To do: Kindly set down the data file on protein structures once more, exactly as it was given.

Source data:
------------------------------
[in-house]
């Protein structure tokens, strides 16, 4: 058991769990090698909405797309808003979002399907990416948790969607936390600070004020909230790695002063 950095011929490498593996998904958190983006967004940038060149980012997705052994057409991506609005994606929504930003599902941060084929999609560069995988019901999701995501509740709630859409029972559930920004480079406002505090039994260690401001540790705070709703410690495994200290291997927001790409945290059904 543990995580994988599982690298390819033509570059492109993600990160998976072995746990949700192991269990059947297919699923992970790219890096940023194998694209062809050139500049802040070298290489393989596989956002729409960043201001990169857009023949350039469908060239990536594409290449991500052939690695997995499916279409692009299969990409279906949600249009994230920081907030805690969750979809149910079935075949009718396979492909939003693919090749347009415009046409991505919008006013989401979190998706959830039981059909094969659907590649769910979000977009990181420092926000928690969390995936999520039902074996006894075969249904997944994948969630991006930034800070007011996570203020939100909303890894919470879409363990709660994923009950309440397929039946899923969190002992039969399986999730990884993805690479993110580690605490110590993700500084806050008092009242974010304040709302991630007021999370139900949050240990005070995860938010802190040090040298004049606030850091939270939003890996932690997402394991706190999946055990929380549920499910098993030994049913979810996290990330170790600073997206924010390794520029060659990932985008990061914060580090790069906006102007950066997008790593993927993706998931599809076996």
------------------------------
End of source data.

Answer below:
[in-house]
């Protein structure tokens, strides 16, 4: 058991769990090698909405797309808003979002399907990416948790969607936390600070004020909230790695002063 950095011929490498593996998904958190983006967004940038060149980012997705052994057409991506609005994606929504930003599902941060084929999609560069995988019901999701995501509740709630859409029972559930920004480079406002505090039994260690401001540790705070709703410690495994200290291997927001790409945290059904 543990995580994988599982690298390819033509570059492109993600990160998976072995746990949700192991269990059947297919699923992970790219890096940023194998694209062809050139500049802040070298290489393989596989956002729409960043201001990169857009023949350039469908060239990536594409290449991500052939690695997995499916279409692009299969990409279906949600249009994230920081907030805690969750979809149910079935075949009718396979492909939003693919090749347009415009046409991505919008006013989401979190998706959830039981059909094969659907590649769910979000977009990181420092926000928690969390995936999520039902074996006894075969249904997944994948969630991006930034800070007011996570203020939100909303890894919470879409363990709660994923009950309440397929039946899923969190002992039969399986999730990884993805690479993110580690605490110590993700500084806050008092009242974010304040709302991630007021999370139900949050240990005070995860938010802190040090040298004049606030850091939270939003890996932690997402394991706190999946055990929380549920499910098993030994049913979810996290990330170790600073997206924010390794520029060659990932985008990061914060580090790069906006102007950066997008790593993927993706998931599809076996």